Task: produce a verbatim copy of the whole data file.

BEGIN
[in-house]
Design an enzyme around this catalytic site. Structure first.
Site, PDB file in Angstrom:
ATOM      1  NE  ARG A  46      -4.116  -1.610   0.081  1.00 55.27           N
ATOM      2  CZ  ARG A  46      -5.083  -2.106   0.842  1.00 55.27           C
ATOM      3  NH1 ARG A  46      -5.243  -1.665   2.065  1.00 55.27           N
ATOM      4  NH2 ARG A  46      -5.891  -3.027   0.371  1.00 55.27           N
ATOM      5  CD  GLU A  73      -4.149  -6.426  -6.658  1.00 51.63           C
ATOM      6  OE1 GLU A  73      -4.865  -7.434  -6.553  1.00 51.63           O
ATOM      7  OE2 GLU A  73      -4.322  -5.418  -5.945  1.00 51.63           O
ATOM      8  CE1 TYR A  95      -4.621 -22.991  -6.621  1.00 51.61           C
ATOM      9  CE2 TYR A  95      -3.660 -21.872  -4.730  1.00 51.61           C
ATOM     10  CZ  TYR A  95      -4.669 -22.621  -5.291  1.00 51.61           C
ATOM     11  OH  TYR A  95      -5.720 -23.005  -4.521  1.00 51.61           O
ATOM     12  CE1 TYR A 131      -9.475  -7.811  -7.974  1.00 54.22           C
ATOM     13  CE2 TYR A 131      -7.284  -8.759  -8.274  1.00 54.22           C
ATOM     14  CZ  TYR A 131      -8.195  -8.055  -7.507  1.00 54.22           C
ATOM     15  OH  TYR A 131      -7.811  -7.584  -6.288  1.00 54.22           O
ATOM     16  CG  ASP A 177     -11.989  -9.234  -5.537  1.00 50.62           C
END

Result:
[in-house]
Design an enzyme around this catalytic site. Structure first.
Site, PDB file in Angstrom:
ATOM      1  NE  ARG A  46      -4.116  -1.610   0.081  1.00 55.27           N
ATOM      2  CZ  ARG A  46      -5.083  -2.106   0.842  1.00 55.27           C
ATOM      3  NH1 ARG A  46      -5.243  -1.665   2.065  1.00 55.27           N
ATOM      4  NH2 ARG A  46      -5.891  -3.027   0.371  1.00 55.27           N
ATOM      5  CD  GLU A  73      -4.149  -6.426  -6.658  1.00 51.63           C
ATOM      6  OE1 GLU A  73      -4.865  -7.434  -6.553  1.00 51.63           O
ATOM      7  OE2 GLU A  73      -4.322  -5.418  -5.945  1.00 51.63           O
ATOM      8  CE1 TYR A  95      -4.621 -22.991  -6.621  1.00 51.61           C
ATOM      9  CE2 TYR A  95      -3.660 -21.872  -4.730  1.00 51.61           C
ATOM     10  CZ  TYR A  95      -4.669 -22.621  -5.291  1.00 51.61           C
ATOM     11  OH  TYR A  95      -5.720 -23.005  -4.521  1.00 51.61           O
ATOM     12  CE1 TYR A 131      -9.475  -7.811  -7.974  1.00 54.22           C
ATOM     13  CE2 TYR A 131      -7.284  -8.759  -8.274  1.00 54.22           C
ATOM     14  CZ  TYR A 131      -8.195  -8.055  -7.507  1.00 54.22           C
ATOM     15  OH  TYR A 131      -7.811  -7.584  -6.288  1.00 54.22           O
ATOM     16  CG  ASP A 177     -11.989  -9.234  -5.537  1.00 50.62           C